“Estonian girl reading a magazine,” my Belgian friend sent me a picture she had taken of me a year ago and published on the Internet. Estonian??? By my first blog-post about Europe I want to point out two things: (1) who I am and where I come from and (2) what different interpretations I have received about me – in truth, Latvian from Latvia living in (to my mind) most mixed and apparently confusing region in the EU – the Baltics.
“Are you from Latvia? Oh, your country is really good at basketball! I remember watching some games,” a well known Slovenian musician accidently met on a street in Ljubljana wanted to show his awareness of….sorry, Lithuania. “Are you going back to Lithuania,” my friend asked me when I was heading to the airport after TH!NK ABOUT IT launch event…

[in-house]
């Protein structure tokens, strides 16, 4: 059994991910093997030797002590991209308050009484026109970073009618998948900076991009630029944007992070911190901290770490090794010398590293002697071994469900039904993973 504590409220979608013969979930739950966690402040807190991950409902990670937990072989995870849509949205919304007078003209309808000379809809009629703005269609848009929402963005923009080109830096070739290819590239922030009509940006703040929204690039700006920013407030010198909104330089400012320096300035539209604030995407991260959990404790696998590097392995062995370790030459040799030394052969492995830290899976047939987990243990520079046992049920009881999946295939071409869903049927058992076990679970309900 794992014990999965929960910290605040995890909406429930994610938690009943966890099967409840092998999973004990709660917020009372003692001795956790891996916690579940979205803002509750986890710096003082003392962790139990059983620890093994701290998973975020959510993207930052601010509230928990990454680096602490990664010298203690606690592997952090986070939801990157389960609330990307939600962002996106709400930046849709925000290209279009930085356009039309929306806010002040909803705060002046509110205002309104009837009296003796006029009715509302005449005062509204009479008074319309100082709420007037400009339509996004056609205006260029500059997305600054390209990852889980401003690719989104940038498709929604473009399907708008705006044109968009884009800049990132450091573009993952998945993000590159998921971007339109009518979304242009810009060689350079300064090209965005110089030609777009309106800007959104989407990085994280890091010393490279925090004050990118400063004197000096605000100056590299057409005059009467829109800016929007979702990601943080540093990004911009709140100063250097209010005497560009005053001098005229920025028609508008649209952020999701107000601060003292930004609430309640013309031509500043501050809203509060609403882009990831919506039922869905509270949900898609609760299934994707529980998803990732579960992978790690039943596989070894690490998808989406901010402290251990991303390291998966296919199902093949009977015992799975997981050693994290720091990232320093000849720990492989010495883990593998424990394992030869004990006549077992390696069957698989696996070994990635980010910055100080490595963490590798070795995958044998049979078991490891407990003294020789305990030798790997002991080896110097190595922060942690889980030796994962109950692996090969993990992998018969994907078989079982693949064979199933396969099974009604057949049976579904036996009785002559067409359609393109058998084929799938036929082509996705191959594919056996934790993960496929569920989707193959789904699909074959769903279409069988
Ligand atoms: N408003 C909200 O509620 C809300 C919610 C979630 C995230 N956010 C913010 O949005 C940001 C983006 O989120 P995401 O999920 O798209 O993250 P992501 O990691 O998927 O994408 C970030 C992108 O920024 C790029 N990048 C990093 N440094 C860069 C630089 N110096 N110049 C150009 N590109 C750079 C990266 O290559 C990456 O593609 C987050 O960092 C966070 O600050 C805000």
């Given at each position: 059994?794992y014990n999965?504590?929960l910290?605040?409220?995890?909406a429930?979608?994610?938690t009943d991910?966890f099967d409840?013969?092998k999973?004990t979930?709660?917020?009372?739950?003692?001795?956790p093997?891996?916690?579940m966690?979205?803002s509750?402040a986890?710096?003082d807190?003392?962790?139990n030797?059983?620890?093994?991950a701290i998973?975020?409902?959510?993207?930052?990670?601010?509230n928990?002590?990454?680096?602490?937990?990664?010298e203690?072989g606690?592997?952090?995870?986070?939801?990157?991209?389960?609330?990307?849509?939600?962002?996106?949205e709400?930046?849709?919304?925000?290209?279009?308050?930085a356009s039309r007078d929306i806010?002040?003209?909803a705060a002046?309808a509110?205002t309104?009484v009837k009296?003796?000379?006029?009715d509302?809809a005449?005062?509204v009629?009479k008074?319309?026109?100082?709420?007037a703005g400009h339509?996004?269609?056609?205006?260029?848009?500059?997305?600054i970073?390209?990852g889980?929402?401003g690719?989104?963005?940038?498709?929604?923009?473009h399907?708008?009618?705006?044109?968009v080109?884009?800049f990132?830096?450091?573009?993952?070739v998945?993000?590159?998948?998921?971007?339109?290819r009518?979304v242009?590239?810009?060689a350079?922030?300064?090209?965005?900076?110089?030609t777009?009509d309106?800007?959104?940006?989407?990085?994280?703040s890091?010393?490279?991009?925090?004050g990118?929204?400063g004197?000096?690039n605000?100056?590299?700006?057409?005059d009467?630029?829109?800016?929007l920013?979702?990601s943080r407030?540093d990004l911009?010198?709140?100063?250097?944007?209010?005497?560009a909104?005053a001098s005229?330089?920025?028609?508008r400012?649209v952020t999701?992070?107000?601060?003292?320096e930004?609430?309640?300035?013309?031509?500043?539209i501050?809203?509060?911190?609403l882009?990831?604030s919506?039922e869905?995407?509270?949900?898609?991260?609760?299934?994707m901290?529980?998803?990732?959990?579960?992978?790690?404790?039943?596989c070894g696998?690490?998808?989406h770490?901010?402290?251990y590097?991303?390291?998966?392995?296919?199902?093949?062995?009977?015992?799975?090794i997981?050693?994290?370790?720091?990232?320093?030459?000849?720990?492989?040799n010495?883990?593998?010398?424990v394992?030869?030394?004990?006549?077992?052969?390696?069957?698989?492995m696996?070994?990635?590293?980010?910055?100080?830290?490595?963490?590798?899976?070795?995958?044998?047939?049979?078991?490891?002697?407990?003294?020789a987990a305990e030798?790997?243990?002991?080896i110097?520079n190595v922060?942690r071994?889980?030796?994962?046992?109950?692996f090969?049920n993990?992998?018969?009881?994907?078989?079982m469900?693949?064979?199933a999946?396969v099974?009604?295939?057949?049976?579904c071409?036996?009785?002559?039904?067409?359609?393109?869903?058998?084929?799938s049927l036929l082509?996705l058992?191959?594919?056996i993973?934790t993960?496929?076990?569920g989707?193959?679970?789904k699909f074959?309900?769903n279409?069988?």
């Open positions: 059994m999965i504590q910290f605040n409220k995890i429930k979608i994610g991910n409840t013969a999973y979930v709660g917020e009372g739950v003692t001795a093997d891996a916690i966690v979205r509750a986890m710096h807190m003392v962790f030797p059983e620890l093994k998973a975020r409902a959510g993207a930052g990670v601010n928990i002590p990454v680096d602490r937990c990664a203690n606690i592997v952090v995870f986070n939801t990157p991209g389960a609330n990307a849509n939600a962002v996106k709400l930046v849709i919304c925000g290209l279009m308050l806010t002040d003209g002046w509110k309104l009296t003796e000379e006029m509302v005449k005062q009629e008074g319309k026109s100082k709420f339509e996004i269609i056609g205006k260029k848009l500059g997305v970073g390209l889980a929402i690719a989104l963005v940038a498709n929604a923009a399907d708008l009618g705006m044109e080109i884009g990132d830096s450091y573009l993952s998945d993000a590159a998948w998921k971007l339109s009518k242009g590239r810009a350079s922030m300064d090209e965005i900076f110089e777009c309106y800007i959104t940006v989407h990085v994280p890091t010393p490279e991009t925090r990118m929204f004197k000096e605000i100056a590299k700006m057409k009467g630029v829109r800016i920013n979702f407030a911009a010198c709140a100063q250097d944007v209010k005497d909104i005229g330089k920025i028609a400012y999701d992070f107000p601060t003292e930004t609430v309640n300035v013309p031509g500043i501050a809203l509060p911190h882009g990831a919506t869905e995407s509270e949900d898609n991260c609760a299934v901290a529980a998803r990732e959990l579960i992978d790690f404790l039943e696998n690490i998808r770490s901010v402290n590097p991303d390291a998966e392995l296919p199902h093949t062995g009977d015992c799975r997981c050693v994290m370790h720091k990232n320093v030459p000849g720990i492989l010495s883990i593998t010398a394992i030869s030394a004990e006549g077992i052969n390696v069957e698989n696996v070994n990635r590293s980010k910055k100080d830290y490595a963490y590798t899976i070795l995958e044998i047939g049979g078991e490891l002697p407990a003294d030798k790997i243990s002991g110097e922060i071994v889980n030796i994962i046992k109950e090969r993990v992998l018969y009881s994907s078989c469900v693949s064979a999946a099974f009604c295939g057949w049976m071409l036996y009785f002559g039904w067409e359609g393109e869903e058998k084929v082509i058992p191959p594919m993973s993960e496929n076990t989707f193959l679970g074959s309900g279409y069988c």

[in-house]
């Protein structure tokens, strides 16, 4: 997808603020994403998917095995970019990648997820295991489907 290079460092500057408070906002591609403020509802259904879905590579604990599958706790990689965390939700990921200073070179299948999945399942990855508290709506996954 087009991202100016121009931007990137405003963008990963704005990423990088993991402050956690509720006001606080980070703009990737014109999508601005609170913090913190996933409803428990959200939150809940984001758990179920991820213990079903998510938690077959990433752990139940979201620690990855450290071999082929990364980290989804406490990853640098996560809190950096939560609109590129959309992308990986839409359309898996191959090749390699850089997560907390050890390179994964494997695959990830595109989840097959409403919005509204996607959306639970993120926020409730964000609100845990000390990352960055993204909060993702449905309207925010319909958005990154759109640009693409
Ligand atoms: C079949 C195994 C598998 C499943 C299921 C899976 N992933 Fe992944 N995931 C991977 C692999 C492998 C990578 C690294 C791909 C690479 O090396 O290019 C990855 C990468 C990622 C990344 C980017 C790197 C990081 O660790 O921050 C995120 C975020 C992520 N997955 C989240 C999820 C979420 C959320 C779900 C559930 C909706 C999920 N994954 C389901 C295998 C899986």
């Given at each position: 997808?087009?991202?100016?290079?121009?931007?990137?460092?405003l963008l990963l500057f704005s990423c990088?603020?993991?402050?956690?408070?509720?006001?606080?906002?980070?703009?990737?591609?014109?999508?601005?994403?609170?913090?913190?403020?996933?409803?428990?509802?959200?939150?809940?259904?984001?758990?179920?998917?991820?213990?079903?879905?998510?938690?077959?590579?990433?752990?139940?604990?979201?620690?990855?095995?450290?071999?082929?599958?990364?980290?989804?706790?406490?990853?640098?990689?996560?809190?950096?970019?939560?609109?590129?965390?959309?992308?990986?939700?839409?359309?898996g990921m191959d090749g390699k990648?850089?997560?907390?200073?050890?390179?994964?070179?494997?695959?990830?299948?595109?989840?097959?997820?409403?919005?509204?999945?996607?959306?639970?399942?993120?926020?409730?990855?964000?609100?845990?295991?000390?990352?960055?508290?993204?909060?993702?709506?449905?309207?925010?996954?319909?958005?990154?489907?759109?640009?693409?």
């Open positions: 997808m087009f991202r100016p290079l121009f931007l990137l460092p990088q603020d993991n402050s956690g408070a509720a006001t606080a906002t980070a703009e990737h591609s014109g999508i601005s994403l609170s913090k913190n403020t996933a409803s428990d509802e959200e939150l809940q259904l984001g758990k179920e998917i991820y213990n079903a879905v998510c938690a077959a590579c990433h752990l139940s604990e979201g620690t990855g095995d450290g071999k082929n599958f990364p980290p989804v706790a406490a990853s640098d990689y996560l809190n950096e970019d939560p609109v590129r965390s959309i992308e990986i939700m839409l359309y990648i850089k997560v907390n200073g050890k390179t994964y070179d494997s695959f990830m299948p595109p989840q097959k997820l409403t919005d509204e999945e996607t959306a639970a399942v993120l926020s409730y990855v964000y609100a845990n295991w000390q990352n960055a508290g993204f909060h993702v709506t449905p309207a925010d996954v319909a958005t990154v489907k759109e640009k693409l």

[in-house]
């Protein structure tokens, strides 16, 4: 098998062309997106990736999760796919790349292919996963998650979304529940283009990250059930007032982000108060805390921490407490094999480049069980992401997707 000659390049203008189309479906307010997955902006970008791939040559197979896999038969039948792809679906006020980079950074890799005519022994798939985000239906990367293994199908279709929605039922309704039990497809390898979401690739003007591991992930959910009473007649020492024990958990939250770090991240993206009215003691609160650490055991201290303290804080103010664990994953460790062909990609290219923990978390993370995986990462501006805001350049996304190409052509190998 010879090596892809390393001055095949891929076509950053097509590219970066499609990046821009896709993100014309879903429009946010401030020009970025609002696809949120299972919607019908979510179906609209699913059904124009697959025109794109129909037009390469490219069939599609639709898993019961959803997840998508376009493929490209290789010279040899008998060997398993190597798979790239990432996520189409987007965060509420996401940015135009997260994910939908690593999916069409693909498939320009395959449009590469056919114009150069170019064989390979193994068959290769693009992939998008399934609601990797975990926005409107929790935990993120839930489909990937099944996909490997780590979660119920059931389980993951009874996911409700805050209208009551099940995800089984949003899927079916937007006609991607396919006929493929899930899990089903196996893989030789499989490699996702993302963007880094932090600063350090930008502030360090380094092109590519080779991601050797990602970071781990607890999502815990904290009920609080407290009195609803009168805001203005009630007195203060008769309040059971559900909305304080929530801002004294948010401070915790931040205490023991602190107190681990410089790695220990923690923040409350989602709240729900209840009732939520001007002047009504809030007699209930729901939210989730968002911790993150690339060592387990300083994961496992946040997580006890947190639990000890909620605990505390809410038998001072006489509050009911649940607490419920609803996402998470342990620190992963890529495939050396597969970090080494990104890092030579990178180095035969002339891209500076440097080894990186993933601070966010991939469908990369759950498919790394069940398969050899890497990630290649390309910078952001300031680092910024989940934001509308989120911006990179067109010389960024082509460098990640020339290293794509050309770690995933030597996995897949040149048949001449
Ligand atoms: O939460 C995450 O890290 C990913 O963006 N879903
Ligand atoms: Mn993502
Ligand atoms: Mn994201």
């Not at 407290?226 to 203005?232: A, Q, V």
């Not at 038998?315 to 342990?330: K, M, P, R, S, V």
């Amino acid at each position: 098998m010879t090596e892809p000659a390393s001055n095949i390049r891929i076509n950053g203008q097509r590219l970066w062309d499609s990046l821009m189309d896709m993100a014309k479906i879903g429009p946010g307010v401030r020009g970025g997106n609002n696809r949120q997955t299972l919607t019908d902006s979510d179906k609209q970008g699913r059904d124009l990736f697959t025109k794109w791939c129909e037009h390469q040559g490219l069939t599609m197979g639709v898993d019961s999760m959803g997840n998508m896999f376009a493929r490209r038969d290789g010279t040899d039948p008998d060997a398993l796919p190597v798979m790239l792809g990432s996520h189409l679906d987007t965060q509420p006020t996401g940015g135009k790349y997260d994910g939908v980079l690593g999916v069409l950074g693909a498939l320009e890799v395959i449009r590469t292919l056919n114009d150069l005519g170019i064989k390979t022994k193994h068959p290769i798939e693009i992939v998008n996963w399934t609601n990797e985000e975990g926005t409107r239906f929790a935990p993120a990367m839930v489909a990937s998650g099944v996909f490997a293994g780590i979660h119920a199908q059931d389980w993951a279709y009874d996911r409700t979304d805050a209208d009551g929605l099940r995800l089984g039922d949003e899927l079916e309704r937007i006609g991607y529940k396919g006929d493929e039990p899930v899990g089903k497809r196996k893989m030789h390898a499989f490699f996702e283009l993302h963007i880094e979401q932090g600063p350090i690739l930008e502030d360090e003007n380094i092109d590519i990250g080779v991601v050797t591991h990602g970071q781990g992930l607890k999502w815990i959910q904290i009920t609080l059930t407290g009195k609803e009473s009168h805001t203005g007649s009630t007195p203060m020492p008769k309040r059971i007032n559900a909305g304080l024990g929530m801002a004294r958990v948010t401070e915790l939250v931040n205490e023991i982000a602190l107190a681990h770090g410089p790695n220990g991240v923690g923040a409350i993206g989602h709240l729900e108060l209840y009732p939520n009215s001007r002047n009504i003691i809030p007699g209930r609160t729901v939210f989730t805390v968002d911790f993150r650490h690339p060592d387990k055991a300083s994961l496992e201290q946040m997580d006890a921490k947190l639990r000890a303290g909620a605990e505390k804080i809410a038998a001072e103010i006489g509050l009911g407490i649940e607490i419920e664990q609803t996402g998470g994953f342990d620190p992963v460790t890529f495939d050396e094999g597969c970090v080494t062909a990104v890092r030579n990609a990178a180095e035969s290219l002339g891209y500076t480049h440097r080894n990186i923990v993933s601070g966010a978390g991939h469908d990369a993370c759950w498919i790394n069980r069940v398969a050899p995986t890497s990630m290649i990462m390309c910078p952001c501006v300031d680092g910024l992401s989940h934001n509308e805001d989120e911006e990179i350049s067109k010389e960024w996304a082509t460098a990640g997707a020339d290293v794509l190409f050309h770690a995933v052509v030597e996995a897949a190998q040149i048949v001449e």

I think that it’s just polite for an EU citizen to know where approximately all the 27 EU countries are geographically located or…at least to know that they are independent. But I got shocked when my Finnish flat mate asked about the Finnish people awareness of the Baltic States told me that Lithuania is almost unknown for middle-aged/old Finnish citizens. “Because it’s bordering with Kaliningrad (Russia) on the coast side of the Baltic Sea some people think one needs a visa to get to Vilnius,” was his answer.
Should this all be treated as a silly mistake? To tell the truth, even if I am used to be mixed with the two other Baltic countries in daily situations, I never expected it to happen in an official level. Last year Lithuanian football players were playing in Czech Republic and to welcome them Latvian national anthem was played and Latvian flag was hanged out. Sad, but true…and it seems that even the EU hadn’t helped much to raise people’s awareness of Estonia, Latvia and Lithuania as separate countries with individual cultures and traditions. The common Baltic basket is still used to talk about them in media and elsewhere.
And the question still remains open: is it anybody’s fault or is it just the Baltic destiny?